Some of our members might start coming to church here reluctantly, dragged in by their spouse or partner, sure that this would be a depressing repeat of bad religious experiences of the past.
But then they hear the Word proclaimed in a new way, see real community, feel a palpable sense of God’s presence in our worship, and before they know it, they find themselves serving on the Vestry!
Or together, we might start with an innocuous project like giving food away to hungry neighbors, but then we find out that they’ve got a serious heart condition and don’t have access to medical care; or they’re afraid that INS agents will come into their house and split their family apart. Soon, without intending it, we find ourselves in league with UNM medical school residents and community advocacy groups.
Or you might ask for God to guide you through a difficult patch, praying only for a little insight and comfort, nothing more, thank you very much. 3 months later, you find yourself being hauled through the depths of your brokenness, on your way to being healed of your greatest pain.
It happens all the time. God’s life spreads in us like weeds.
Finally, Jesus reminds us that the spreading of the kingdom is not up to us to accomplish. He says that it is like growing grain. After the seed is sown, the farmer rises and sleeps, day after day, for months. The seed sprouts and grows, and the farmer doesn’t know – and doesn’t have to know – how this happens. Then “the earth produces of itself, first the stalk, then the head, then the full grain in the head.”
After the seed is planted, God’s kingdom produces of itself. The original word for this in the text is automatos, or “automatically.” Automatically, the seed of God, once planted, produces grain. Automatically the Spirit begins to do its own work. We don’t have to make it happen.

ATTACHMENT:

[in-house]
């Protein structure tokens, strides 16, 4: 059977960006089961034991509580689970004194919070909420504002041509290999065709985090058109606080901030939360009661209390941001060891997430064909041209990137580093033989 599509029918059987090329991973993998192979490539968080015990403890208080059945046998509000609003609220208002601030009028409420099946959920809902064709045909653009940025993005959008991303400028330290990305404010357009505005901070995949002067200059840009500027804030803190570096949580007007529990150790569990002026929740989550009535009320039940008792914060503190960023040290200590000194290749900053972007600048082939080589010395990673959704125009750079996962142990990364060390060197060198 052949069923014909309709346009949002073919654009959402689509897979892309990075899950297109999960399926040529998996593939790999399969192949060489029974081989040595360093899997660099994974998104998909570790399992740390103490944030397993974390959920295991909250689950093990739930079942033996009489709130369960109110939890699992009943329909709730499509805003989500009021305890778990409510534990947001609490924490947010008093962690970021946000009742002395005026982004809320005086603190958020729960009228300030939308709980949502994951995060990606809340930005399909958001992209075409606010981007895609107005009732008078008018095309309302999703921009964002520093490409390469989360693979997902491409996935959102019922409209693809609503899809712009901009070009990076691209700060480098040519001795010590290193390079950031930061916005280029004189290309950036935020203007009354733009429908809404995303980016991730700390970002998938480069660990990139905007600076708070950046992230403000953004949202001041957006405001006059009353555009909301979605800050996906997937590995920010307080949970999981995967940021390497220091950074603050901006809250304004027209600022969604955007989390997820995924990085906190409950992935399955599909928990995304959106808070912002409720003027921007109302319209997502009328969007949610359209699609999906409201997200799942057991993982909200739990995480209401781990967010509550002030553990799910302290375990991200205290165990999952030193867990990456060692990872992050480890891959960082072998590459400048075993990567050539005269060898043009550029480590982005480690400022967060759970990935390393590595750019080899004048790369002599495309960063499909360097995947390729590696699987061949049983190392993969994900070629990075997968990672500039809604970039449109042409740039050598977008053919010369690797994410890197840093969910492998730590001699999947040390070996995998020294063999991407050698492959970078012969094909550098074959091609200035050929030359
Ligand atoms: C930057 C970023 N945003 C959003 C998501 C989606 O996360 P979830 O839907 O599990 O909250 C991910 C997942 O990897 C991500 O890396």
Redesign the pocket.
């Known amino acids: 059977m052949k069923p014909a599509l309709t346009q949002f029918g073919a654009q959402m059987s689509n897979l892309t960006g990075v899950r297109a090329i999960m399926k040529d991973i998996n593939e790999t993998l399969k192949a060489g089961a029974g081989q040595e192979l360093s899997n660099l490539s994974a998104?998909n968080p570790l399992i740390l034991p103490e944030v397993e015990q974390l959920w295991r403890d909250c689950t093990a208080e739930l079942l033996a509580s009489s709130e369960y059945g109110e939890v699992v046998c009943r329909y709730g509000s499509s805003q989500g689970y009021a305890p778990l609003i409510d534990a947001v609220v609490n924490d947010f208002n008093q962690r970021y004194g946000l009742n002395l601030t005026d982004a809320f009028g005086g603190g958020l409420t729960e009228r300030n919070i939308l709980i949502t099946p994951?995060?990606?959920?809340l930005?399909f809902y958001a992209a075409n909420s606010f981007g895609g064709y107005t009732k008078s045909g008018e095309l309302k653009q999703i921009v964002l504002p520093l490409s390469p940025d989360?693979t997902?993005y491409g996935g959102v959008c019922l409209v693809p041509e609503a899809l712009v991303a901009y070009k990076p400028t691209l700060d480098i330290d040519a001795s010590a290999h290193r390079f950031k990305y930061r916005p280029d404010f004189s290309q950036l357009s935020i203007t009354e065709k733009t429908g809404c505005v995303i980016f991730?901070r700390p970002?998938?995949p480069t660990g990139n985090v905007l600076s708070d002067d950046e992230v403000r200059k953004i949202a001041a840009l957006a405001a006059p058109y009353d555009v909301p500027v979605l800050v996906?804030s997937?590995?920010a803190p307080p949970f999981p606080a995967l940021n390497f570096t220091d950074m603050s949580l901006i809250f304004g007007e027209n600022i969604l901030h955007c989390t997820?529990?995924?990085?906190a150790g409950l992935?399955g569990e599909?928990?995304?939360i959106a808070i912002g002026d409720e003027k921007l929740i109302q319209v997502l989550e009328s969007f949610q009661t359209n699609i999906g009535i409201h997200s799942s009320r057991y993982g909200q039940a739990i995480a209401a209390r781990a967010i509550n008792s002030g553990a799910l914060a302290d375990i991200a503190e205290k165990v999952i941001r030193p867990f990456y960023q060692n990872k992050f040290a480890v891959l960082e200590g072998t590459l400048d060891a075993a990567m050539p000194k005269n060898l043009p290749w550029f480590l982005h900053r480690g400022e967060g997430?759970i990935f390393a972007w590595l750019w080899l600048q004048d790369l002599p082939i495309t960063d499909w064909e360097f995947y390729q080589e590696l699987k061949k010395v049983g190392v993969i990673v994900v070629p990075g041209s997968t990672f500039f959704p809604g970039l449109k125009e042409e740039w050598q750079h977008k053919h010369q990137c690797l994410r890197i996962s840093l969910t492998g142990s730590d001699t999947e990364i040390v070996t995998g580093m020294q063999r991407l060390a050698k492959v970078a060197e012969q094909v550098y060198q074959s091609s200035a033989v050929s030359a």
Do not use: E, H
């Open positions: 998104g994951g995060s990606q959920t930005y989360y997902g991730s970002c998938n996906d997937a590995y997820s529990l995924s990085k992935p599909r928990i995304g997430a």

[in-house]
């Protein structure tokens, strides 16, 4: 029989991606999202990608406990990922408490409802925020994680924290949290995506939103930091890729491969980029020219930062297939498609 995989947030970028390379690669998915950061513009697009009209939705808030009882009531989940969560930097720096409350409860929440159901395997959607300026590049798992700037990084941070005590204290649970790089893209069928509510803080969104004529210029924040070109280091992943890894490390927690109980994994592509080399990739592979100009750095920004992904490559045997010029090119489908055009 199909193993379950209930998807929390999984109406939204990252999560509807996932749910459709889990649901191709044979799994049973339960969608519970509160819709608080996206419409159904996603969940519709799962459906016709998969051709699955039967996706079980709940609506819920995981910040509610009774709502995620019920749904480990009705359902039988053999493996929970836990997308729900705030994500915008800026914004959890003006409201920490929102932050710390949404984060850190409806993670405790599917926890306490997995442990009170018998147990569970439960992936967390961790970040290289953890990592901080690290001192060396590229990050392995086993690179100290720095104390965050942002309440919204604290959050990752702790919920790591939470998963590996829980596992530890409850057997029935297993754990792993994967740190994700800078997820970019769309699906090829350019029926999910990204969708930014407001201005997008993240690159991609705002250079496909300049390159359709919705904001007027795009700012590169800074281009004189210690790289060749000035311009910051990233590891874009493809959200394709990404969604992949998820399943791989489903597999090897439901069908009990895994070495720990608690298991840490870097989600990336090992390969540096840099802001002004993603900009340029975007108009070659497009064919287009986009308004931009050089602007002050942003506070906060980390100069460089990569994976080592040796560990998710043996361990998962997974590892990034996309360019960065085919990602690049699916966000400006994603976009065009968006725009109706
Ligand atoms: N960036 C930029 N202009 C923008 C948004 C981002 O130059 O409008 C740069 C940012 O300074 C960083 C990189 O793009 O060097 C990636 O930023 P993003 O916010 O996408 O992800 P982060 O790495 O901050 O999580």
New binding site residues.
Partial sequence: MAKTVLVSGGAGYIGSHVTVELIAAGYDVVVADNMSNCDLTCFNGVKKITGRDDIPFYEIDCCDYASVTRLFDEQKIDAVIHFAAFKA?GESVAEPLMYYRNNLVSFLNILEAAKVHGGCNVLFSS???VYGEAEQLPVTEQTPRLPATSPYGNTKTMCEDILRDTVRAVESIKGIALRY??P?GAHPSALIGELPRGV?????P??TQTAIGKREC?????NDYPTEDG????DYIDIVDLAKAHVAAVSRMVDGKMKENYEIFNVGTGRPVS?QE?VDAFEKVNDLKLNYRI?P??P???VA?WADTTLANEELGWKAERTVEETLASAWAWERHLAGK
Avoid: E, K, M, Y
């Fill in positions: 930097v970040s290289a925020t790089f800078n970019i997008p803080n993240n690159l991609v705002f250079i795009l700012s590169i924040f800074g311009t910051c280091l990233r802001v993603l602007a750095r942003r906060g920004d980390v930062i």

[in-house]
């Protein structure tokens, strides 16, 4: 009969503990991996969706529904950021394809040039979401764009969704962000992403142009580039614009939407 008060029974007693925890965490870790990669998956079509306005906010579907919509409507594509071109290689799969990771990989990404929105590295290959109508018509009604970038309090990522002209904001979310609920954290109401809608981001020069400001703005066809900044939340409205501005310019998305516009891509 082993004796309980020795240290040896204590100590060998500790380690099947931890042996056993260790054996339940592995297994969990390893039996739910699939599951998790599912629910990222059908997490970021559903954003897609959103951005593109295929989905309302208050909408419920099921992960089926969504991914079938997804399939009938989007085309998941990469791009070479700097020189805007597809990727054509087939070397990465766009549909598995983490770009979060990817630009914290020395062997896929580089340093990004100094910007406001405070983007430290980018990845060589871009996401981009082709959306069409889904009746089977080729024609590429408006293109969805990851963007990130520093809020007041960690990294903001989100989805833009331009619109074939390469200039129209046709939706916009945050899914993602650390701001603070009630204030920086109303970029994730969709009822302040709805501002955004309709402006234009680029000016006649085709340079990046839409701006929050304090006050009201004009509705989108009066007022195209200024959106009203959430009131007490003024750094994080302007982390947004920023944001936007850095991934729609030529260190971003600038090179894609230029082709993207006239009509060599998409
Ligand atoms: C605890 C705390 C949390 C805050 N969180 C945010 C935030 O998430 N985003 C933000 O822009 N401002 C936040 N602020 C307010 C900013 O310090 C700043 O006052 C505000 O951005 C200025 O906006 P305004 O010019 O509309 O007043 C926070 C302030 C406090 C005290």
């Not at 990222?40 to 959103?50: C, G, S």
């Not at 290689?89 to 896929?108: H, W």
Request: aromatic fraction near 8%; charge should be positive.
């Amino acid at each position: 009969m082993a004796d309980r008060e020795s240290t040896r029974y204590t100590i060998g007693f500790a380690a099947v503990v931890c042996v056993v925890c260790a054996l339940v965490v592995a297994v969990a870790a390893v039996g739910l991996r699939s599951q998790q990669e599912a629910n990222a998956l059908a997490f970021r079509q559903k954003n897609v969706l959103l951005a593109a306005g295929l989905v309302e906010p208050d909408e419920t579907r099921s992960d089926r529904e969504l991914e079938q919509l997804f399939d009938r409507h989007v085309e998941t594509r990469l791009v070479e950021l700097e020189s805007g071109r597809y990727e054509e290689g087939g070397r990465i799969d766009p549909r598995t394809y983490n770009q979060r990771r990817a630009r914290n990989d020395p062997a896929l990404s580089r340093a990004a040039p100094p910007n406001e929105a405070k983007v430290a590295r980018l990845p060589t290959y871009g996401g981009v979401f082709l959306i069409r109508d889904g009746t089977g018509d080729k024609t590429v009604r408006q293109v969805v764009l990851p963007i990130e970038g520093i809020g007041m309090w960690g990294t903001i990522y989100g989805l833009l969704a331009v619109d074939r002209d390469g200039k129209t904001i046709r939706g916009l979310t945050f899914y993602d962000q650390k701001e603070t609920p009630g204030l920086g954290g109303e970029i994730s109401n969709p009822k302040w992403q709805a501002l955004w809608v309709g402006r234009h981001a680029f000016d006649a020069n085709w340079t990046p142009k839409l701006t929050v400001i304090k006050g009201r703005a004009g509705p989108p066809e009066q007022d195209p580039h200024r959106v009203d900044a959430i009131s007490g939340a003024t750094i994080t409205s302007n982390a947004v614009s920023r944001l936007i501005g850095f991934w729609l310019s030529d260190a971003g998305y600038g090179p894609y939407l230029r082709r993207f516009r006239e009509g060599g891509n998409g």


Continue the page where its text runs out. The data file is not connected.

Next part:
Martin Luther once wrote about this parable, emphasizing his faith in the living power of God’s grace. He said “after preaching my sermon, I go home and sip my Wittenburg beer with my friends or take a nap and let the Word do its work.”
What a wonderful way of trusting in God’s grace. Put in your effort, offer it in prayer, then let God go to work. Automatically, the seed of God produces first the stalk, then the head, then the full grain.
But Jesus knew that not everyone is prepared to hear this stuff. It’s subversive.
Not everyone welcomes his message that our hope is not to be found is being a part of a powerful, dominant nation, like the great cedar of Lebanon – whether that is ancient Israel or the United States of America. Strive instead, he said, for the things of God that may be smaller but much more important: mercy, understanding, reconciliation, and peace.
Not everyone welcomes his message that God’s life can’t be controlled within religion like a tidy little English garden. It spreads unpredictably, like weeds in the wild desert, once it takes root.
Not everyone welcomes his message that once we’ve set our need before God, we can really let go of the reins, go to sleep, and let grace take over.
That’s why Jesus spoke in seemingly harmless little stories about mustard seeds and growing grain. These humble parables hide some very subversive stuff. Only those with ears can hear. But Jesus’ disciples wanted to hear, and so later he took them aside, and explained everything to them in private. There, he probably asked them, as he asks us today:
Will you keep your eyes open in the midst of it all, appreciating even the scraggly and troublesome weeds of your life, so that you not miss God’s presence?
Will you let God’s life in you spread like a weed, following it wherever it leads, even if you did not intend for it to take you there?
And after you’ve asked for God’s help and planted the seed of faith, will you please go have a beer with friends or take a nap, and just trust God to get to work?
For this, Jesus said, is the kingdom of God.